James Nesbitt (born 15 January 1965) is an actor, presenter and comedian from Northern Ireland. Born in Ballymena, County Antrim, Nesbitt grew up in the nearby village of Broughshane, before moving to Coleraine, County Londonderry. He wanted to become a teacher like his father, so he began a degree in French at the University of Ulster. He dropped out after a year when he decided to become an actor, and transferred to the Central School of Speech and Drama in London. After graduating in 1987, he spent seven years performing in plays that varied from the musical Up on the Roof (1987, 1989) to the political drama Paddywack (1994). He made his feature film debut playing talent agent Fintan O’Donnell in Hear My Song (1991).
Nesbitt got his breakthrough television role playing Adam Williams in the romantic comedy-drama Cold Feet (1998–2003), which won him a British Comedy Award, a Television and Radio Industries Club Award, and a National Television Award. His first significant film role came when he appeared as pig farmer “Pig” Finn in Waking Ned (1998). With the rest of the starring cast, Nesbitt was nominated for a Screen Actors Guild Award. In Lucky Break (2001), he made his debut as a film lead, playing prisoner Jimmy Hands. The next year, he played Ivan Cooper in the television film Bloody Sunday, about the 1972 shootings in Derry. A departure from his previous “cheeky chappie” roles, the film was a turning point in his career. He won a British Independent Film Award and was nominated for the British Academy Television Award for Best Actor.
Nesbitt has also starred in Murphy’s Law (2001–2007) as undercover detective Tommy Murphy, in a role that was created for him by writer Colin Bateman. The role twice gained Nesbitt Best Actor nominations at the Irish Film & Television Awards (IFTA). In 2007, he starred in the dual role of Tom Jackman and Mr Hyde in Steven Moffat’s Jekyll, which earned him a Golden Globe Award nomination in 2008. Nesbitt has since appeared in several more dramatic roles; he starred alongside Liam Neeson in Five Minutes of Heaven (2009), and was one of three lead actors in the television miniseries Occupation (2009). He also starred in the movies Outcast (2010) and The Way (2010). He portrayed Bofur in Peter Jackson’s three-part film adaptation of The Hobbit (2012-2014).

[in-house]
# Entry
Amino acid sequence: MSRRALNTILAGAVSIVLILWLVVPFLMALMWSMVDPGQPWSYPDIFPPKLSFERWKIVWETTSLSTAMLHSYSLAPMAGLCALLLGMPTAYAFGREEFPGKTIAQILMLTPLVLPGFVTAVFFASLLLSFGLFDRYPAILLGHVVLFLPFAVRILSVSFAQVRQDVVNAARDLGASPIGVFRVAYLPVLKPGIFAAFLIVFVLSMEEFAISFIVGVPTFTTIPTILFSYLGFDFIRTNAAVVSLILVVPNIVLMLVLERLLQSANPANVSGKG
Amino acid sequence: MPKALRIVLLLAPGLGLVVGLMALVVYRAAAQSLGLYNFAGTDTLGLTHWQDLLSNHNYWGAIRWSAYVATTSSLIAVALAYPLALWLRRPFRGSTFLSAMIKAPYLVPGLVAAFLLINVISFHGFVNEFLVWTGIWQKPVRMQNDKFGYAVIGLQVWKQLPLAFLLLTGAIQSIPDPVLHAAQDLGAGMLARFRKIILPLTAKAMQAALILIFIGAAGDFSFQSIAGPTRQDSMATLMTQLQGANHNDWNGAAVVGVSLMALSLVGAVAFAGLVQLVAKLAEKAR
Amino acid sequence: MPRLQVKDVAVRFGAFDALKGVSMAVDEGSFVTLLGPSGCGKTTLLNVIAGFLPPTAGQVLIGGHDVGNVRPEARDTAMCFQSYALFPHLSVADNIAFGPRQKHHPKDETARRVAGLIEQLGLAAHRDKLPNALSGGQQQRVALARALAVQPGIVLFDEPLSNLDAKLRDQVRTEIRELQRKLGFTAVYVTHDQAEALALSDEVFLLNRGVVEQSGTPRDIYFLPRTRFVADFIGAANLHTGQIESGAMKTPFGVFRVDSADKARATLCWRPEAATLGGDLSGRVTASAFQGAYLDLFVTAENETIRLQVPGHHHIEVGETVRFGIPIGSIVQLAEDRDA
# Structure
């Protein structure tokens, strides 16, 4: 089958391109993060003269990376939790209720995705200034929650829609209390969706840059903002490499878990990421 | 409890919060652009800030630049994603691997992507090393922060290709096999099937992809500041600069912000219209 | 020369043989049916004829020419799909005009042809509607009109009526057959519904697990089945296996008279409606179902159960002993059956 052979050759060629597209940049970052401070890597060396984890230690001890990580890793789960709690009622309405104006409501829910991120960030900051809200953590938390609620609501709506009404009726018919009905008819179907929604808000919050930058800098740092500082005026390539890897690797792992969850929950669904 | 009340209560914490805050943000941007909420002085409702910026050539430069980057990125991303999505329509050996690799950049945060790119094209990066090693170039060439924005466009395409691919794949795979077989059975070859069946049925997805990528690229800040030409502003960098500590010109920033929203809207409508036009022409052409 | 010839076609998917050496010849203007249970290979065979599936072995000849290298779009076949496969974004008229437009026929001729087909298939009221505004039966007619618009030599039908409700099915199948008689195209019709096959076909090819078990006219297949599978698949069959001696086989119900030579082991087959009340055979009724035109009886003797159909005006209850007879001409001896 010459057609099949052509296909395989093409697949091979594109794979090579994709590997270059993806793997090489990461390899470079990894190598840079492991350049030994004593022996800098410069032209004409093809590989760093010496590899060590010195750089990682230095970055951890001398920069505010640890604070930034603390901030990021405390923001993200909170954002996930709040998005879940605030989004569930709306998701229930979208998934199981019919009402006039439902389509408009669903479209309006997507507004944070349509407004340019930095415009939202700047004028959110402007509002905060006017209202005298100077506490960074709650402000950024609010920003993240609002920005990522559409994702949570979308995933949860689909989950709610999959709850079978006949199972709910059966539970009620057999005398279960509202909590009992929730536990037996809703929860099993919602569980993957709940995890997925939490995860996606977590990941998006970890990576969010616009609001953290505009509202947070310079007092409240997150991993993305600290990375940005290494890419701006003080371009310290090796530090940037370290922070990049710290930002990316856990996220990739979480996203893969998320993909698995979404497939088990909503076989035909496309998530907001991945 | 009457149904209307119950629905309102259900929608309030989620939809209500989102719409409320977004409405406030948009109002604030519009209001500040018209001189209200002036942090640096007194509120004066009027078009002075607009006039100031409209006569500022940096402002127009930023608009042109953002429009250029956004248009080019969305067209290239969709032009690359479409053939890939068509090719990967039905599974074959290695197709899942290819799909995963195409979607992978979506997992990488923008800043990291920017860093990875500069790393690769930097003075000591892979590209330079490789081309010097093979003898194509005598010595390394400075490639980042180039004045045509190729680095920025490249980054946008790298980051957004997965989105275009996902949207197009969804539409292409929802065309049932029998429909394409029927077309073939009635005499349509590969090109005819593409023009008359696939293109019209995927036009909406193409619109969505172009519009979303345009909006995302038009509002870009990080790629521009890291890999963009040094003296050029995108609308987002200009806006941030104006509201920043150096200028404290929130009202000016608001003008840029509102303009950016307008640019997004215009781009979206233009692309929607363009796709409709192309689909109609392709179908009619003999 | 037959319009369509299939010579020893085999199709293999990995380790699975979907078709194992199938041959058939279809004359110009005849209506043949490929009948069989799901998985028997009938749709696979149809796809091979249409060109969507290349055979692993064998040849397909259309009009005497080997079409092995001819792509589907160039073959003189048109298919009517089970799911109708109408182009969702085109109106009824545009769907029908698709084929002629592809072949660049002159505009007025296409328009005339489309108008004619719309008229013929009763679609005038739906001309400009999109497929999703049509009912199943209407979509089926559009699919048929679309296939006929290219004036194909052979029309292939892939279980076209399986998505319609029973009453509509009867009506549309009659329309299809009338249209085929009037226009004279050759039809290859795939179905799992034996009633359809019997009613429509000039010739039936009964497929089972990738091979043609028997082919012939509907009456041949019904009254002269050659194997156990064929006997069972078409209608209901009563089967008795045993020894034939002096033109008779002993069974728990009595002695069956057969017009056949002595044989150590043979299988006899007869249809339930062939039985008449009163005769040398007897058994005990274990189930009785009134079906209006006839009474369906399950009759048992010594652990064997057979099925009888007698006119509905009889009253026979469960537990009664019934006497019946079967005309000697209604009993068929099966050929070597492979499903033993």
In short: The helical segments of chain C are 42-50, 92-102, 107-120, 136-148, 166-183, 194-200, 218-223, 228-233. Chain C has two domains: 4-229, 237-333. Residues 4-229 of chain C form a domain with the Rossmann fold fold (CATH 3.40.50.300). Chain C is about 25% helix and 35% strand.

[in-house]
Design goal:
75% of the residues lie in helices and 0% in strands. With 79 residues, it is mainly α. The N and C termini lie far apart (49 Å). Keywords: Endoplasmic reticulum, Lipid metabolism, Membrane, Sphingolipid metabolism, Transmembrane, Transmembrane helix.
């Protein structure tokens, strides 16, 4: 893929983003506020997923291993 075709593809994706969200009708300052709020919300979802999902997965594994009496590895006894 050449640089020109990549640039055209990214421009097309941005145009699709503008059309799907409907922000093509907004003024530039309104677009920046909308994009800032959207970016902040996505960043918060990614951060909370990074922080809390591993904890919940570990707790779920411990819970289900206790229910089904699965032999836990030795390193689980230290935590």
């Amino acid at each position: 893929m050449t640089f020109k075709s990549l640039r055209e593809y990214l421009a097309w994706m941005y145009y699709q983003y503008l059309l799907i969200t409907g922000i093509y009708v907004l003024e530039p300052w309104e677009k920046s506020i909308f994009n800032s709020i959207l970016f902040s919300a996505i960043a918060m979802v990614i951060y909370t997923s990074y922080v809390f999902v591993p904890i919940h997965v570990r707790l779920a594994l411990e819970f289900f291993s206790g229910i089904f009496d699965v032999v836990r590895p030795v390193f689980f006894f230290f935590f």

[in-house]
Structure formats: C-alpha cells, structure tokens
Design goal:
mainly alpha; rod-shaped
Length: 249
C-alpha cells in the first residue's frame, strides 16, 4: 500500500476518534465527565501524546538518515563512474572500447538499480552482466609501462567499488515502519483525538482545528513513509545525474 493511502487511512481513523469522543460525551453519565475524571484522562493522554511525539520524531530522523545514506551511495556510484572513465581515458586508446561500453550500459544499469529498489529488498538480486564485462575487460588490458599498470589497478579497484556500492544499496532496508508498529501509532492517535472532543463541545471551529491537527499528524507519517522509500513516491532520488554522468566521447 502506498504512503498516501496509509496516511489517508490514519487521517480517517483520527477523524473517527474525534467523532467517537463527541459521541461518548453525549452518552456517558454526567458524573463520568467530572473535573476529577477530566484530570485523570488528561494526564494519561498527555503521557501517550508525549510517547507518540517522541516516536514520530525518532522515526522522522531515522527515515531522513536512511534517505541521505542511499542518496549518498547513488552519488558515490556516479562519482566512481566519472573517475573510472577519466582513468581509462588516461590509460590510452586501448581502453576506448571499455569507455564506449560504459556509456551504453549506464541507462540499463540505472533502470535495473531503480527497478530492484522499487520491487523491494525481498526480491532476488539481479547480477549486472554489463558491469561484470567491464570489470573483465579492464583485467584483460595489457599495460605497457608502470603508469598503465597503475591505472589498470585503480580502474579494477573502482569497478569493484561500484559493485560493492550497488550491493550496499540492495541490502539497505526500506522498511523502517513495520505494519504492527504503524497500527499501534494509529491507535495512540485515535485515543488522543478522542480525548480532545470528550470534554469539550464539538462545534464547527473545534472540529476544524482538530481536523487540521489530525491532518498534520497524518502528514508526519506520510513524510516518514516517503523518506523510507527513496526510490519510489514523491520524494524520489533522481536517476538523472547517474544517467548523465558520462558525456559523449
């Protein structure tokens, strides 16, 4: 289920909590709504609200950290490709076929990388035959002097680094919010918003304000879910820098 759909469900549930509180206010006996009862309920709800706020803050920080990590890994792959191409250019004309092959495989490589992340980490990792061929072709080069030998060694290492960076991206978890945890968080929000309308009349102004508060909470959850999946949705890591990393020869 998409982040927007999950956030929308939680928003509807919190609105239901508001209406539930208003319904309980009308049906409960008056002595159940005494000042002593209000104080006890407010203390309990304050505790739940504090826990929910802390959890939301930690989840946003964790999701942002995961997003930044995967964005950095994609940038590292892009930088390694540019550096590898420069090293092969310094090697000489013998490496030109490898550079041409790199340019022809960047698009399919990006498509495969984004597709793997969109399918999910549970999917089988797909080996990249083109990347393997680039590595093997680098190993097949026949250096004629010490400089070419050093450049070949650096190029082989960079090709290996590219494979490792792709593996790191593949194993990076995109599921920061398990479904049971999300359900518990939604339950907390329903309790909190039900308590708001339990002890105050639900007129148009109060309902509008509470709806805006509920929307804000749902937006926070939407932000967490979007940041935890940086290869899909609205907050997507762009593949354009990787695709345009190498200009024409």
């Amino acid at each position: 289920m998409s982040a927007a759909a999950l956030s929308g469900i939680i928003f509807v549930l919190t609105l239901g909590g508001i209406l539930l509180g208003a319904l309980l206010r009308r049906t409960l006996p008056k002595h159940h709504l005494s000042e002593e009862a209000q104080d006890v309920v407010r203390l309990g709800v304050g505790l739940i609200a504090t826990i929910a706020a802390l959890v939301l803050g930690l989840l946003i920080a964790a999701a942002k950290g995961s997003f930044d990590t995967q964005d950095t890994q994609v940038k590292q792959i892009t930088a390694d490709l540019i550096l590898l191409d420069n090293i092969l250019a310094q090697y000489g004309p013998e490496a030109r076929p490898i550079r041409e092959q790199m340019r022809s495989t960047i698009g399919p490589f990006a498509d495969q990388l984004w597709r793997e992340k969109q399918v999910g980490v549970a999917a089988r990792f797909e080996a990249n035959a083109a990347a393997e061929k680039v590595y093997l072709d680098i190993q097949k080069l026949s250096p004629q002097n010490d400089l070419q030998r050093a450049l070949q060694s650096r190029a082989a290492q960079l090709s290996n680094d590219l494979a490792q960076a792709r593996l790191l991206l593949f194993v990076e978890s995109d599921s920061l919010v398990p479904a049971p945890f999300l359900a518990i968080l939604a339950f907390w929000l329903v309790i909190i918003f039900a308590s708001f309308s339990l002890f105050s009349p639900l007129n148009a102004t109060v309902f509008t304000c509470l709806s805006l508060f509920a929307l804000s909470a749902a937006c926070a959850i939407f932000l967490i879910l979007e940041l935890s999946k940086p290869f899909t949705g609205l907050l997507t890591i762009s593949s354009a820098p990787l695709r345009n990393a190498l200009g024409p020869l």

Nesbitt is married to former actress Sonia Forbes-Adam, with whom he has two daughters. He is an advocate of numerous charities, and in 2010 he accepted the ceremonial position of Chancellor of the University of Ulster.
James Nesbitt was born on 15 January 1965 in Ballymena, County Antrim, Northern Ireland. His father, James “Jim” Nesbitt, was the headmaster of the primary school in Lisnamurrican, a hamlet near Broughshane, while his mother, May Nesbitt, was a civil servant. Jim and May already had three daughters—Margaret, Kathryn and Andrea. The family lived in the house adjoining the one-room school where Nesbitt was one of 32 pupils taught by Jim; the other pupils were all farmers’ children. Nesbitt grew up “completely” around women, and spent a lot of time alone, “kicking a ball against a wall”. He had ambitions to play football for Manchester United, or to become a teacher like his father. The family was Protestant, and Lisnamurrican was in “Paisley country. The Nesbitts spent Sunday evenings singing hymns around the piano. Jim marched in the Ballymena Young Conquerors flute band and Nesbitt joined him playing the flute. After the Drumcree conflicts, they stopped marching with the band. The family’s residence in the countryside left them largely unaffected by The Troubles, although Nesbitt, his father, and one of his sisters narrowly escaped a car bomb explosion outside Ballymena County Hall in the early 1970s.